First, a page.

Sunday, November 11, 2012

The Origin of Names: Richmond

3km east of the Melbourne CBD, Richmond is one of the city's oldest suburbs.

The area was assessed by Government surveyor Richard Hoddle in 1839 and considered suitable for development, allotments being offered for sale shortly after. Most of the area available was bought by land speculators who further subdivided and re-sold, mainly for commercial purposes. Richmond was one of the first industrial districts of the fledgling city; home to tanneries, brickwork and a market precinct along Bridge Road:

Bridge Road in 1889
Richmond takes it's name from the fact that it reminded some early settlers of a similar part of London known as Richmond Hill, where an elevated section of ground offered views of the Thames. A similar rise in the new suburb had a view of the Yarra. Originally, the suburb was known as Richmond Hill, with some of the first private dwellings in the area being built on the hilltop. Over the years, Richmond Hill naturally shortened to Richmond, although the hilly part of the area is still referred to, in some cases, as Richmond Hill.

But if this Richmond was just named after a part of London, from where did the London district take it's name? Can we trace the origins of 'Richmond' itself?

Richmond Hill in London is so named as the gentle slope overlooking the Thames was home to Richmond Palace. Richmond Palace was built in 1501 for King Henry VII, replacing a more modest royal house on the site that had been destroyed in a fire in 1497. A sketch of the palace when built:

For 150 years Richmond Palace would serve as one of the British Monarch's official London residences and was home to Henry VIII, Queen Mary I and Elizabeth I, among others. The palace had extensive hunting grounds, Richmond Park, that were kept well stocked with deer for the royal hunt. After the execution of Charles I in 1649, at the hands of Oliver Cromwell, Richmond Palace was demolished and the raw materials sold off for re-use in other construction, with only the guardhouse surviving through to the present day:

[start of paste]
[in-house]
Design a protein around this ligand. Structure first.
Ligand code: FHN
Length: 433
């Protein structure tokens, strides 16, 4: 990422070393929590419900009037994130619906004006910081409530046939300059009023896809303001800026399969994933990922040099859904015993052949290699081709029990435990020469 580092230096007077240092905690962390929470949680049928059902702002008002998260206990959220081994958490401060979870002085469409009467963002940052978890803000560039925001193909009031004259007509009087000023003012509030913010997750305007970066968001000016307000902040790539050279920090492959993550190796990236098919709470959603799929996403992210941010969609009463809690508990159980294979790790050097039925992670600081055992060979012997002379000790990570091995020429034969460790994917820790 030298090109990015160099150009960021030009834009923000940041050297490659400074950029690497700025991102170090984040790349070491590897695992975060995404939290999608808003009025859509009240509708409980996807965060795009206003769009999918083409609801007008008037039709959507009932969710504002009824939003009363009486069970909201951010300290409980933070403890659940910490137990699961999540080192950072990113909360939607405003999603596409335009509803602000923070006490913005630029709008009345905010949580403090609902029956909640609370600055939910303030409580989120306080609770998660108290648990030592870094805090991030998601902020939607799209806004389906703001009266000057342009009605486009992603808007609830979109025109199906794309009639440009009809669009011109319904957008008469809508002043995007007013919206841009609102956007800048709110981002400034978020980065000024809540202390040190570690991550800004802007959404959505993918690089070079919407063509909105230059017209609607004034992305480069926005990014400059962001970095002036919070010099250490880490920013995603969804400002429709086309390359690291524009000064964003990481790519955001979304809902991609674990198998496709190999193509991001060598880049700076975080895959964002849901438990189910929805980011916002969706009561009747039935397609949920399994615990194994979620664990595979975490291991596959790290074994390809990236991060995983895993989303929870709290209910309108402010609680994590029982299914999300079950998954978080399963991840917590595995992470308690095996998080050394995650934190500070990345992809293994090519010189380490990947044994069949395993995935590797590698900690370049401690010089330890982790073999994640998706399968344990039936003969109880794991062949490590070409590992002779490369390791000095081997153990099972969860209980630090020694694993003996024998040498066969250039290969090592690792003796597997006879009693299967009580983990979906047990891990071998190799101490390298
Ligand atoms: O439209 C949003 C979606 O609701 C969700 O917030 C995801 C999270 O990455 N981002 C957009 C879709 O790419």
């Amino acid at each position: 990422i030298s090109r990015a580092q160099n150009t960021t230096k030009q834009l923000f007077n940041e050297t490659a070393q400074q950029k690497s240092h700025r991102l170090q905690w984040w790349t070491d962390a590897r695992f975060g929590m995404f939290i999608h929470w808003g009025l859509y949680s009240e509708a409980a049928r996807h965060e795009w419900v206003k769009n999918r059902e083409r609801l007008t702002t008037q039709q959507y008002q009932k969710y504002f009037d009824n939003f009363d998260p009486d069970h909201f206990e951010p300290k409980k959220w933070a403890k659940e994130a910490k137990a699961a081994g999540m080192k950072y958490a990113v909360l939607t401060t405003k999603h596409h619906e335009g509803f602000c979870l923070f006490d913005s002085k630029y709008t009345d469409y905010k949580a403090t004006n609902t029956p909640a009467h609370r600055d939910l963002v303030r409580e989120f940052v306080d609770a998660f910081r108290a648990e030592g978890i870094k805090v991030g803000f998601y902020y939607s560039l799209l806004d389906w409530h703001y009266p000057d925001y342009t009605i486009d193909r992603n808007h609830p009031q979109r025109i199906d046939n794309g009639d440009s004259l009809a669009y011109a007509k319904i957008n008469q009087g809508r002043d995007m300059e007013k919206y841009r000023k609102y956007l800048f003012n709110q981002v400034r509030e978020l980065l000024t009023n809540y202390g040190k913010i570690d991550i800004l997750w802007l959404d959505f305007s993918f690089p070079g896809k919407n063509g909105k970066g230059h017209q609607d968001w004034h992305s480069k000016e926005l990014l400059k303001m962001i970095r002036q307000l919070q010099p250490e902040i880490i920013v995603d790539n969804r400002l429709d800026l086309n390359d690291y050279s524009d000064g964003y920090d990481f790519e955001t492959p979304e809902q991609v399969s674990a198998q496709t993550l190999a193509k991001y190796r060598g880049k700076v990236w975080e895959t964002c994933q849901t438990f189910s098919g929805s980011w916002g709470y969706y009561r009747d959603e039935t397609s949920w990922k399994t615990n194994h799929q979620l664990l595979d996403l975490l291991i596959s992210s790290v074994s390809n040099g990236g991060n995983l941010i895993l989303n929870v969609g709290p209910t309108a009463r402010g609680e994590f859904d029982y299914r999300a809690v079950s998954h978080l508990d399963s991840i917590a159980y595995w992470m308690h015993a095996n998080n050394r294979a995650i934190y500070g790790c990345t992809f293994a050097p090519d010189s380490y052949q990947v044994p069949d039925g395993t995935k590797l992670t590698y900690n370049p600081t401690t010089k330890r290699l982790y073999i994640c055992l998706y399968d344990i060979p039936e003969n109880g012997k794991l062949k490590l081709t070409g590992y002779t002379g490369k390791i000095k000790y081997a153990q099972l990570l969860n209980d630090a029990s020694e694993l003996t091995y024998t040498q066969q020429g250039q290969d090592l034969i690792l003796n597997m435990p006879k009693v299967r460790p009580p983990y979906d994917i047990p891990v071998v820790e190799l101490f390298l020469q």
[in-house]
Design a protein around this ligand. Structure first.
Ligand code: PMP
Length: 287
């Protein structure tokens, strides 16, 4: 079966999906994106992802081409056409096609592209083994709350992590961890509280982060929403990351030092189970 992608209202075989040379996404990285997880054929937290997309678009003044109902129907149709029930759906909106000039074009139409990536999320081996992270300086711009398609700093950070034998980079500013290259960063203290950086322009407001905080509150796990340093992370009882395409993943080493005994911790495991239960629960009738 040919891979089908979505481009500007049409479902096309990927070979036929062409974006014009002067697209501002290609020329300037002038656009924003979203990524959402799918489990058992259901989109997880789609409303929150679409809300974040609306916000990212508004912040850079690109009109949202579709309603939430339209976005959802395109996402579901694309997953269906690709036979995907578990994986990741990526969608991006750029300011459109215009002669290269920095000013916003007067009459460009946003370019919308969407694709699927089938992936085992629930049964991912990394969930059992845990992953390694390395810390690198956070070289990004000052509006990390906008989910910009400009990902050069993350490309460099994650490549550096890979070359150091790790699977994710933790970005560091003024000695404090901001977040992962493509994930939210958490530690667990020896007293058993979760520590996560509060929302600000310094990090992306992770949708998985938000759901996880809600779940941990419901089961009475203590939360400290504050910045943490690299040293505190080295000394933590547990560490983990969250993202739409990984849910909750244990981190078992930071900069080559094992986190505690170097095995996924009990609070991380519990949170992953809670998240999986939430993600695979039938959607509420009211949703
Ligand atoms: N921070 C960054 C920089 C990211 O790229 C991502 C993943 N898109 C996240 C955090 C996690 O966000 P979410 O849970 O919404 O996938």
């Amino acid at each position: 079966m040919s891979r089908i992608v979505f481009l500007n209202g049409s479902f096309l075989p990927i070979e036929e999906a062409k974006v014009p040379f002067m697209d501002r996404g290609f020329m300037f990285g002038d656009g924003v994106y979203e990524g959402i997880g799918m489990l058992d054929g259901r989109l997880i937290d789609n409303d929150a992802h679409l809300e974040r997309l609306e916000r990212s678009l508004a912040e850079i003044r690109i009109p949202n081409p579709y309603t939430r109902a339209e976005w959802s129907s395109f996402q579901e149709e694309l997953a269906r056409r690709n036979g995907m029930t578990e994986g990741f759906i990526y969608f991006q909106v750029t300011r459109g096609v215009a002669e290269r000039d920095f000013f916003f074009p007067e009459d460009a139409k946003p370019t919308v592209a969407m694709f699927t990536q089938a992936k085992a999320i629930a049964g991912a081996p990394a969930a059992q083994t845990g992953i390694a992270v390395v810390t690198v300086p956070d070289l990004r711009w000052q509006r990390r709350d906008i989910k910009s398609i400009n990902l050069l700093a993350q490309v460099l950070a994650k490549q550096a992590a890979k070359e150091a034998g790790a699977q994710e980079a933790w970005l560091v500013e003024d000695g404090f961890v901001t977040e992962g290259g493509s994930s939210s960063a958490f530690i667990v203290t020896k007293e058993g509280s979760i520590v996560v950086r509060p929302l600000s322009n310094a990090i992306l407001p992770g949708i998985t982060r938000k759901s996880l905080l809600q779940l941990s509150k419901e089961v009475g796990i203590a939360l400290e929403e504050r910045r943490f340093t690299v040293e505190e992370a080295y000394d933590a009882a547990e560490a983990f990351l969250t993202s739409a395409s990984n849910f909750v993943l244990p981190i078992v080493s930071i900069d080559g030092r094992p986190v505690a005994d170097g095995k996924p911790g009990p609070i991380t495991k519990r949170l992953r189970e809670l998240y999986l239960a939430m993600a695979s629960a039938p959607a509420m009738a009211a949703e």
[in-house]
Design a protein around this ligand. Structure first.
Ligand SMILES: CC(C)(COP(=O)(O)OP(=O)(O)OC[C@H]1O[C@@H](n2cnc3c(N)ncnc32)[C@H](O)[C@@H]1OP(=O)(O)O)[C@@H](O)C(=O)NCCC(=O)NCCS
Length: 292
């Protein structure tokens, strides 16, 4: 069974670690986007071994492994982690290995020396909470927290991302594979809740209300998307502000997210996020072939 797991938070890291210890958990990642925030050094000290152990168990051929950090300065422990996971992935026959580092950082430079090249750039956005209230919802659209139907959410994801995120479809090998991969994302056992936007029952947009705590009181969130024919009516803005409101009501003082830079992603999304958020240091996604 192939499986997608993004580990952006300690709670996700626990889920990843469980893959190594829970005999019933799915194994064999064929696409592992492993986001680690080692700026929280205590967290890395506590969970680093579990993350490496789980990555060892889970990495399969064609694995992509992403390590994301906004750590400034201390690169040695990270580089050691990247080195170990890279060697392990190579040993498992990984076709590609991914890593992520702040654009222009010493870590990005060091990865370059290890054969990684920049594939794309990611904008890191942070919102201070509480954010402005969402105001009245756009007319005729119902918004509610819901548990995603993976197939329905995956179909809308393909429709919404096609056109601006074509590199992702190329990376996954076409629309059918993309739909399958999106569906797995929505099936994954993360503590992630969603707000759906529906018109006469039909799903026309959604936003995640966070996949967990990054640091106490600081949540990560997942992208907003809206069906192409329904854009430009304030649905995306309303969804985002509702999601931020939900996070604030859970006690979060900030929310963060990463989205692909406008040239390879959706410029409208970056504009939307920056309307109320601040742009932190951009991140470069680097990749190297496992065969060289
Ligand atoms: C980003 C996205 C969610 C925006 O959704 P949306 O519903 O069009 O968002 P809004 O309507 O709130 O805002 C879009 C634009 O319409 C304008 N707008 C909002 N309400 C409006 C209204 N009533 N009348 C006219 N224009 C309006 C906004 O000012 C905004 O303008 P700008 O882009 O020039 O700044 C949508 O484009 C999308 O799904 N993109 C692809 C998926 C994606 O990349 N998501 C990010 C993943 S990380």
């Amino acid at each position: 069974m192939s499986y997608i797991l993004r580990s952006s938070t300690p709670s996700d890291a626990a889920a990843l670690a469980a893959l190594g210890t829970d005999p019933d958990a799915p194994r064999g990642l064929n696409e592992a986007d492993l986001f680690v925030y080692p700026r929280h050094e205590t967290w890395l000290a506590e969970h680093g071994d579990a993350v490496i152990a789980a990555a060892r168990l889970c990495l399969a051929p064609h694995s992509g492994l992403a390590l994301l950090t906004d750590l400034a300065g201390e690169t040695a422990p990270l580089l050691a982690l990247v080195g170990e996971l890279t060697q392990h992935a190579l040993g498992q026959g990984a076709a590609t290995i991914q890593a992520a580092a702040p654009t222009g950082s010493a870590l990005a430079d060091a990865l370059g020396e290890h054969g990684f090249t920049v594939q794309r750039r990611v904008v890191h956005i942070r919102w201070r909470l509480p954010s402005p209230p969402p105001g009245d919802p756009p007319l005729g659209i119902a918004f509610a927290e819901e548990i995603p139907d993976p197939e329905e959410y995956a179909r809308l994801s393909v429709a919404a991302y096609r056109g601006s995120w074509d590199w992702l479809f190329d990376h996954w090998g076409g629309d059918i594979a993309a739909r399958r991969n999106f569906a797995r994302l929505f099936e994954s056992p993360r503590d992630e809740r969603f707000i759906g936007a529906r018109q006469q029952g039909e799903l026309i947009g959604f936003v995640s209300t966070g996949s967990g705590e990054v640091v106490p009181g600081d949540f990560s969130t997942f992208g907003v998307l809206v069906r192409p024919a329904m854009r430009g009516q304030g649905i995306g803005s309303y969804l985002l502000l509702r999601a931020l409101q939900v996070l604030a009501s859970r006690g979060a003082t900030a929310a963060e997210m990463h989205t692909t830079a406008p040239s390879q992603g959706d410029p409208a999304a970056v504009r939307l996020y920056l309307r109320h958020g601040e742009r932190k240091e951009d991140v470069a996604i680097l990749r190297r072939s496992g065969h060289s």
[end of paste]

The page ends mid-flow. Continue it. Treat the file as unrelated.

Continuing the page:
Henry VII named his magnificent riverside palace Richmond after himself, as his pre-coronation title was the Earl of Richmond.

Henry's title related to family lands in the north of England, specifically the Yorkshire town of Richmond in the surrounding district of Richmondshire. This Richmond dates to 1071, when the township was founded by Alan Rufus, one of the knights who had fought with William the Conqueror:

After the Norman William had successfully defeated the English armies in 1066, and assumed the British throne, he awarded many of his senior commanders generous plots of land. Rufus, who had fought at Hastings but had most distinguished himself in subsequent fighting in the North, was awarded vast tracts stretching across Yorkshire, Norfolk, Suffolk and Cambridgeshire. He built a castle, also known as Richmond Castle, to help subdue the remaining pockets of local resistance, and this fortress became the centre of the new town of Richmond. Rufus' enormous holdings were certainly lucrative; when he died in 1093 he had amassed a personal fortune of  £11 000, equivalent to  £81 billion in adjusted money, and so making Rufus the richest man  in British history.

But still, why did Rufus call his new seat of British power Richmond?

Rufus was born and raised in Richemont, in Northern Normandy (near present day Amiens). The original name he bestowed on his British castle was Richemont, in tribute to his homeland, which  became Richemund and then Richmond in the local dialect. The French 'Richemont' derives from two words from Old French; Riche meaning rich or splendid, and Mont meaning hill. So Richemont was so named as it was a particularly lush country, very rich for farming.... and somewhat hilly.


  1. This comment has been removed by the author.

  2. Is there evidence that Alan Rufus was born and raised in Richemont, near the eastern border of Normandy? His mother is usually thought to have been Agnes, daughter of the Count of Kernev in western Brittany, though Professor Keats-Rohan stated in the Oxford Dictionary of National Biography that Alan's mother was from Anjou.